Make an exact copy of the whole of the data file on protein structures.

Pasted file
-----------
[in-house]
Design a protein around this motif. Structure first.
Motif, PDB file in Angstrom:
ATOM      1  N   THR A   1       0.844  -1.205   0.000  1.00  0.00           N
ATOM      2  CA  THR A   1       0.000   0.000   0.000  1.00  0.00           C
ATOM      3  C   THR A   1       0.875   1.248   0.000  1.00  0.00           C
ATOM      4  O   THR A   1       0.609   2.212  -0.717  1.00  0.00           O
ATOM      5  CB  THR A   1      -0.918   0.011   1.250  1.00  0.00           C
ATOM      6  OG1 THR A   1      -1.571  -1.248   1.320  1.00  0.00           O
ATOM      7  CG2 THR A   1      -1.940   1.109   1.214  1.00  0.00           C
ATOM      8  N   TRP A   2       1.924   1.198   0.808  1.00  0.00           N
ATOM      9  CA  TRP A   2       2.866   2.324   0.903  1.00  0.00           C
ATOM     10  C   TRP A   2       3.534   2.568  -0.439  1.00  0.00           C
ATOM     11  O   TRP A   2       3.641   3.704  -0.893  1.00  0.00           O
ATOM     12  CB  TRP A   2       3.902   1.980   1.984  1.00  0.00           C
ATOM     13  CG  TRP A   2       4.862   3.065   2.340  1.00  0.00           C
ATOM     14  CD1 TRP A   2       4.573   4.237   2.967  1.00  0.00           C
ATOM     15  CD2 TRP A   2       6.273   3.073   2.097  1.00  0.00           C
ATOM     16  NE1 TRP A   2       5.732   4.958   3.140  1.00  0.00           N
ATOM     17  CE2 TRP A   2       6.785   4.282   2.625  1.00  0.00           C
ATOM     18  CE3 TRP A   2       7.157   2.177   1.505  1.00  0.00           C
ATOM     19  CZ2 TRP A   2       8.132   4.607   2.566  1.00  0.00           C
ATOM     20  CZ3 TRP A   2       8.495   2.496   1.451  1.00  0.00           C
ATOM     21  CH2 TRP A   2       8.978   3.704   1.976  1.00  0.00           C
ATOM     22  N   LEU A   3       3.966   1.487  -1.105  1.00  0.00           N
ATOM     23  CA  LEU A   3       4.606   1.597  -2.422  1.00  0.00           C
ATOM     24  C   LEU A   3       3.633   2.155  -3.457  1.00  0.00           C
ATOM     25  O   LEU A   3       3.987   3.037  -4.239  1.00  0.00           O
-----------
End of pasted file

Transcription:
[in-house]
Design a protein around this motif. Structure first.
Motif, PDB file in Angstrom:
ATOM      1  N   THR A   1       0.844  -1.205   0.000  1.00  0.00           N
ATOM      2  CA  THR A   1       0.000   0.000   0.000  1.00  0.00           C
ATOM      3  C   THR A   1       0.875   1.248   0.000  1.00  0.00           C
ATOM      4  O   THR A   1       0.609   2.212  -0.717  1.00  0.00           O
ATOM      5  CB  THR A   1      -0.918   0.011   1.250  1.00  0.00           C
ATOM      6  OG1 THR A   1      -1.571  -1.248   1.320  1.00  0.00           O
ATOM      7  CG2 THR A   1      -1.940   1.109   1.214  1.00  0.00           C
ATOM      8  N   TRP A   2       1.924   1.198   0.808  1.00  0.00           N
ATOM      9  CA  TRP A   2       2.866   2.324   0.903  1.00  0.00           C
ATOM     10  C   TRP A   2       3.534   2.568  -0.439  1.00  0.00           C
ATOM     11  O   TRP A   2       3.641   3.704  -0.893  1.00  0.00           O
ATOM     12  CB  TRP A   2       3.902   1.980   1.984  1.00  0.00           C
ATOM     13  CG  TRP A   2       4.862   3.065   2.340  1.00  0.00           C
ATOM     14  CD1 TRP A   2       4.573   4.237   2.967  1.00  0.00           C
ATOM     15  CD2 TRP A   2       6.273   3.073   2.097  1.00  0.00           C
ATOM     16  NE1 TRP A   2       5.732   4.958   3.140  1.00  0.00           N
ATOM     17  CE2 TRP A   2       6.785   4.282   2.625  1.00  0.00           C
ATOM     18  CE3 TRP A   2       7.157   2.177   1.505  1.00  0.00           C
ATOM     19  CZ2 TRP A   2       8.132   4.607   2.566  1.00  0.00           C
ATOM     20  CZ3 TRP A   2       8.495   2.496   1.451  1.00  0.00           C
ATOM     21  CH2 TRP A   2       8.978   3.704   1.976  1.00  0.00           C
ATOM     22  N   LEU A   3       3.966   1.487  -1.105  1.00  0.00           N
ATOM     23  CA  LEU A   3       4.606   1.597  -2.422  1.00  0.00           C
ATOM     24  C   LEU A   3       3.633   2.155  -3.457  1.00  0.00           C
ATOM     25  O   LEU A   3       3.987   3.037  -4.239  1.00  0.00           O